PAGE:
Europe's Lost World: The Rediscovery of Doggerland
Council for British Archeology, 2009 - History - 202 pages
This excellent book, which deserves a wide readership, reports on the work of the North Sea Palaeolandscapes Project, which has been researching the fascinating lost landscape of Doggerland which until the end of the last Ice Age connected Britain to the continent in the North Sea area. It aims to make the findings available to a general readership, and show just how impressive they have been, with nearly 23,000km2 mapped. The techniques used to reconstruct the landscape are explained, and conclusions and speculation about the climate and vegetation of the area in the Mesolithic offered. It also tells the story of the rediscovery of Doggerland, and the Mesolithic landscape more generally, from the pioneering work of Clement Reid in the nineteenth century, to the research of Grahame Clark and Bryony Coles in the twentieth. It's also worth pointing out just how well produced and illustrated the book is, and one can only hope that it can spark public interest in a comparatively little known phase of our prehistory.
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The Dogger Bank
Miserable but not at all despicable Grahame Clark and the Mesolithic
The Littorina Sea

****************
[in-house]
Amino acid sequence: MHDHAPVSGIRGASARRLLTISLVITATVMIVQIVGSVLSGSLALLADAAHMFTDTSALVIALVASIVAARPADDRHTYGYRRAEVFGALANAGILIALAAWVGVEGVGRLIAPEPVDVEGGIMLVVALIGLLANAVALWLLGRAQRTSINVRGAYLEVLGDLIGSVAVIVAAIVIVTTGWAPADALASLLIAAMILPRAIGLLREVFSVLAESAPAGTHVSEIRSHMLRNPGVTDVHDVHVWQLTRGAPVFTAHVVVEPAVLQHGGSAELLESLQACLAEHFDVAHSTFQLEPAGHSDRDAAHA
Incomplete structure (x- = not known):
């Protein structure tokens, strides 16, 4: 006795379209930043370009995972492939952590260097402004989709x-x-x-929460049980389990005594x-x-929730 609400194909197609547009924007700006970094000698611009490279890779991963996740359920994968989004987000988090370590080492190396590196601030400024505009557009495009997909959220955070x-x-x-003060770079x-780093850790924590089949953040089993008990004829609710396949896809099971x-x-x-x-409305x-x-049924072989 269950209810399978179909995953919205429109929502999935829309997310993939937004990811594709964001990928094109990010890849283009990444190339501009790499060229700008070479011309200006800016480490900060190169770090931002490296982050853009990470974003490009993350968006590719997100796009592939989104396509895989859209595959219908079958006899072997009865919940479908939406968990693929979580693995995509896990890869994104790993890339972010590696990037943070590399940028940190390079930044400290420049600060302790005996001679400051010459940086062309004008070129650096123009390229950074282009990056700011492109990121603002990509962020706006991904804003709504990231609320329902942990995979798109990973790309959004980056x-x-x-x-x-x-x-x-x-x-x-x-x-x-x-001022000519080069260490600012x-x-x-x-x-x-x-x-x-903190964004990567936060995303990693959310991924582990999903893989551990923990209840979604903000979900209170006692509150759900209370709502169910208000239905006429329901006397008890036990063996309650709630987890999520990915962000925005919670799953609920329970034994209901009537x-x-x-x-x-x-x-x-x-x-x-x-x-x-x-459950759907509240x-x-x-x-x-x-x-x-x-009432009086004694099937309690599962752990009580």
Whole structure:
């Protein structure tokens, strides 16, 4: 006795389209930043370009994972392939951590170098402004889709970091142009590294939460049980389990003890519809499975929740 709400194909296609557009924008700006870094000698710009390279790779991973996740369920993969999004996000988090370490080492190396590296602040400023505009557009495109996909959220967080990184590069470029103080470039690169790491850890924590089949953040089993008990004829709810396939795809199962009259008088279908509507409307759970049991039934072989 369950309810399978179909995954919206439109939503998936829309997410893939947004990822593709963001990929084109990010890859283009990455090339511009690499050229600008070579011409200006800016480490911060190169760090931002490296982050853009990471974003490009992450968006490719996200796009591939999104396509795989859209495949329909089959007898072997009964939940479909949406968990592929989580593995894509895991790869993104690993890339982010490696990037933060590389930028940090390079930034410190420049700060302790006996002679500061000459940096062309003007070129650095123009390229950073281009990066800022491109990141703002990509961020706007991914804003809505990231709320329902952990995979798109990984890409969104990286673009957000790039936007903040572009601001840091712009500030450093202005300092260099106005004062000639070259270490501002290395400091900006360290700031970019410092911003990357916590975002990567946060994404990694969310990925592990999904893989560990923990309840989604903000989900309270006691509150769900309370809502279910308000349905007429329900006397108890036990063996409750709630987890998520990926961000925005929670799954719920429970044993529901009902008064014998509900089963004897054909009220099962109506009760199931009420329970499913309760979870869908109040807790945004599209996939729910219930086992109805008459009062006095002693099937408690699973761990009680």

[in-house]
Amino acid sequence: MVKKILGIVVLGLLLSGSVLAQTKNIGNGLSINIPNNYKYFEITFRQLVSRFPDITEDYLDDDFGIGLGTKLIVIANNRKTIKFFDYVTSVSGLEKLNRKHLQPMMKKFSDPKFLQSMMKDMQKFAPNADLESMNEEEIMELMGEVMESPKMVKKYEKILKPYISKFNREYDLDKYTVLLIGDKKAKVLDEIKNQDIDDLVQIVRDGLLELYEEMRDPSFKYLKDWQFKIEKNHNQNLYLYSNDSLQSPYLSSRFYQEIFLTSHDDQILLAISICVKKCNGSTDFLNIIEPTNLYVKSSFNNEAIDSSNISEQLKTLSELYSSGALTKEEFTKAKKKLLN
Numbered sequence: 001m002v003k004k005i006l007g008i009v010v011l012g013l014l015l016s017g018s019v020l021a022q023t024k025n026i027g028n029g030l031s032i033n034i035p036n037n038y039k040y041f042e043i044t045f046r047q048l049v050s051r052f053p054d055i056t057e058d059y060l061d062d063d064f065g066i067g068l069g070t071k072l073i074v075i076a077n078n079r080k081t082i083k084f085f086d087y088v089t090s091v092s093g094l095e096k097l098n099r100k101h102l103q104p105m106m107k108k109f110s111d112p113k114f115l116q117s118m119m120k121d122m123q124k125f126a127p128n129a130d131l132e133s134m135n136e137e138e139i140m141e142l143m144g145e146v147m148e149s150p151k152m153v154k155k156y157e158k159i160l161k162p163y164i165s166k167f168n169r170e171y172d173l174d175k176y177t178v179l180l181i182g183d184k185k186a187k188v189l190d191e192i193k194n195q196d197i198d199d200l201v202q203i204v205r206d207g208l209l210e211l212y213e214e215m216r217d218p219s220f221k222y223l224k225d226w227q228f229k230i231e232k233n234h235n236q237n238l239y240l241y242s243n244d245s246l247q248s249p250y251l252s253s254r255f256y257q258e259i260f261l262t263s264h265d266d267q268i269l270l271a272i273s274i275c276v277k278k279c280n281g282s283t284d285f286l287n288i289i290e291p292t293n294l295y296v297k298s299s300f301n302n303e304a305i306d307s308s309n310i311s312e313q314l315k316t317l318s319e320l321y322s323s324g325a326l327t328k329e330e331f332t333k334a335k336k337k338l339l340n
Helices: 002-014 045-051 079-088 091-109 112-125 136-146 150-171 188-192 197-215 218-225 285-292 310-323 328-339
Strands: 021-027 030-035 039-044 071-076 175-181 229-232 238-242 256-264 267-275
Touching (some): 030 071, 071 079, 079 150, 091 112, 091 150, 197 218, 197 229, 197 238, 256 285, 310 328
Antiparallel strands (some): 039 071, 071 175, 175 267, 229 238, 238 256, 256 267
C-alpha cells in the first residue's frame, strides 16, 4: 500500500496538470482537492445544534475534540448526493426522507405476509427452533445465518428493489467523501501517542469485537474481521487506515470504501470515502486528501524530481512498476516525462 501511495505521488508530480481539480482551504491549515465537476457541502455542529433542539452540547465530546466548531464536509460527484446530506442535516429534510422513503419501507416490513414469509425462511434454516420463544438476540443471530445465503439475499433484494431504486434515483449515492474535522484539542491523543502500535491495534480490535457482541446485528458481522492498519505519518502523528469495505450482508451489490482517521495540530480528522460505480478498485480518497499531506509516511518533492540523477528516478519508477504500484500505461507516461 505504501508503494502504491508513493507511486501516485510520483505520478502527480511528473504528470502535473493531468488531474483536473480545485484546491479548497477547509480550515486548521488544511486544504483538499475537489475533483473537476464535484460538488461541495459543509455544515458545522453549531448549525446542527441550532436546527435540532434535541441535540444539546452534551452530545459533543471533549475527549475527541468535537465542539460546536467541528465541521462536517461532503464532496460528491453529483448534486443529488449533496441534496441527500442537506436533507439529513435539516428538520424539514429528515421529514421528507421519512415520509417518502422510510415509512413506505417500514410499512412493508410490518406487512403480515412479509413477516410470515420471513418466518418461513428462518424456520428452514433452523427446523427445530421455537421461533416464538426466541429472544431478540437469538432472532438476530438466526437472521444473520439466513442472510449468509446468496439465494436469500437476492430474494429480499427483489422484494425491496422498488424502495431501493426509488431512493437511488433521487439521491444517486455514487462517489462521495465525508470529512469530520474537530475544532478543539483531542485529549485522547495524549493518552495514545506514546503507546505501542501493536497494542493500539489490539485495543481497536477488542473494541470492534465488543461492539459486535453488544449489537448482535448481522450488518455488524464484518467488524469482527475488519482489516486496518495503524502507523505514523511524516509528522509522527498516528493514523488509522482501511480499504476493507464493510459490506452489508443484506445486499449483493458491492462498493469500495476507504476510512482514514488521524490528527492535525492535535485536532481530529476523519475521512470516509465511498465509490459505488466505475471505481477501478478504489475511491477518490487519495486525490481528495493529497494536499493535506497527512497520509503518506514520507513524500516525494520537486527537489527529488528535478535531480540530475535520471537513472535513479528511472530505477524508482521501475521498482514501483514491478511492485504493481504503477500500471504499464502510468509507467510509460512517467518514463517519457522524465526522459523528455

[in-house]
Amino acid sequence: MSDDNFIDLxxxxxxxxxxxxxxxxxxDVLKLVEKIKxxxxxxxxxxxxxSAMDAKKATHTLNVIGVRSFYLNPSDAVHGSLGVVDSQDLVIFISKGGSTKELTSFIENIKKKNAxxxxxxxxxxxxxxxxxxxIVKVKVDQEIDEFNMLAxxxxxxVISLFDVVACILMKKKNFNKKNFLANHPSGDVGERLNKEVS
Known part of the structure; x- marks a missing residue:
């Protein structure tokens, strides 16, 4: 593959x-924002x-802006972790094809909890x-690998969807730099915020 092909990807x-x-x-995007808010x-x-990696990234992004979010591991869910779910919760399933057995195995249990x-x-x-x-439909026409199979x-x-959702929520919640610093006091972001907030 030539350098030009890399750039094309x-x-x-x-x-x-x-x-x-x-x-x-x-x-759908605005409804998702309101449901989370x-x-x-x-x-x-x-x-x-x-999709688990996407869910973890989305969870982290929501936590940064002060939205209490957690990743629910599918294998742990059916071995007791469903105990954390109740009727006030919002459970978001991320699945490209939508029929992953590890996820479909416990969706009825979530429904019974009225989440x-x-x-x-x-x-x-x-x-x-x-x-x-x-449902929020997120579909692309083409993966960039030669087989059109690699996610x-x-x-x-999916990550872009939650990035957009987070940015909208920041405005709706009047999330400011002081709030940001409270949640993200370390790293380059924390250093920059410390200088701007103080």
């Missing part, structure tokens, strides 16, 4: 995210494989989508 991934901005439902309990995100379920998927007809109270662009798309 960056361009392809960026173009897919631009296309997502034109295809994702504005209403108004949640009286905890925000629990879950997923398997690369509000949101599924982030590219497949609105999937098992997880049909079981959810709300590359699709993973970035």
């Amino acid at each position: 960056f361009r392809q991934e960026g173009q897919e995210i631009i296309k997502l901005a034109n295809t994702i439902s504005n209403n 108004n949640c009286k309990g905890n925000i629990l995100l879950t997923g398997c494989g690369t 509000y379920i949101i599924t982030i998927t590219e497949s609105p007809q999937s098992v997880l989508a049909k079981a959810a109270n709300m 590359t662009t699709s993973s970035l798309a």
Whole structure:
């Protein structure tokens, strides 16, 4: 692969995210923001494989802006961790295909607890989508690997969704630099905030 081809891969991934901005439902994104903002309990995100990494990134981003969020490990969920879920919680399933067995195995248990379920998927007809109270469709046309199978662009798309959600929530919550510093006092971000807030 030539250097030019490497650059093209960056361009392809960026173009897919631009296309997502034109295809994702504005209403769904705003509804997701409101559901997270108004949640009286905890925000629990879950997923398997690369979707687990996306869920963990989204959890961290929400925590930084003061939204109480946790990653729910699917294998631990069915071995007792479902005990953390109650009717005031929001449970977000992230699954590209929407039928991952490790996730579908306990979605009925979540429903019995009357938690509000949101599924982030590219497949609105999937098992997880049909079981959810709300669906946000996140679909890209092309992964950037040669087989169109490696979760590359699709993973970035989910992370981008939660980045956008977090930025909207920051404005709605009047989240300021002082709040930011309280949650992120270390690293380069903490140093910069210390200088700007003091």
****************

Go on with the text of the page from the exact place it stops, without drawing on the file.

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3D seismic actually animals antler archaeological archaeologists artefacts associated bathymetry Beringia Birch Birmingham bone Britain British British Geological Survey chronology Clark Clement Reid climate change coast coastal coastline Coles Consequently cores cultural deer deposits Dogger Bank Doggerland East environment environmental estuary evidence excavated explore Figure fish flint flood geological geologists glacial Goldcliff harpoon Holocene Howick human hunter-gatherer interpretation inundation isotope known lakes landscape Leman and Ower Littorina Sea lost lands mapped marine Mesolithic Mesolithic communities microliths moorlog Neolithic North Sea northern Europe Outer Silver Pit Palaeolithic peat period plain plant pollen potential prehistoric reconstruction record region Reid's relatively remains salt marsh samples sea level sea-level rise seabed sediments seismic data settlement shell middens Shotton significant southern North Sea specific stadial Star Carr study area submerged forests suggested Sundaland survey temperature valley whilst woodland Younger Dryas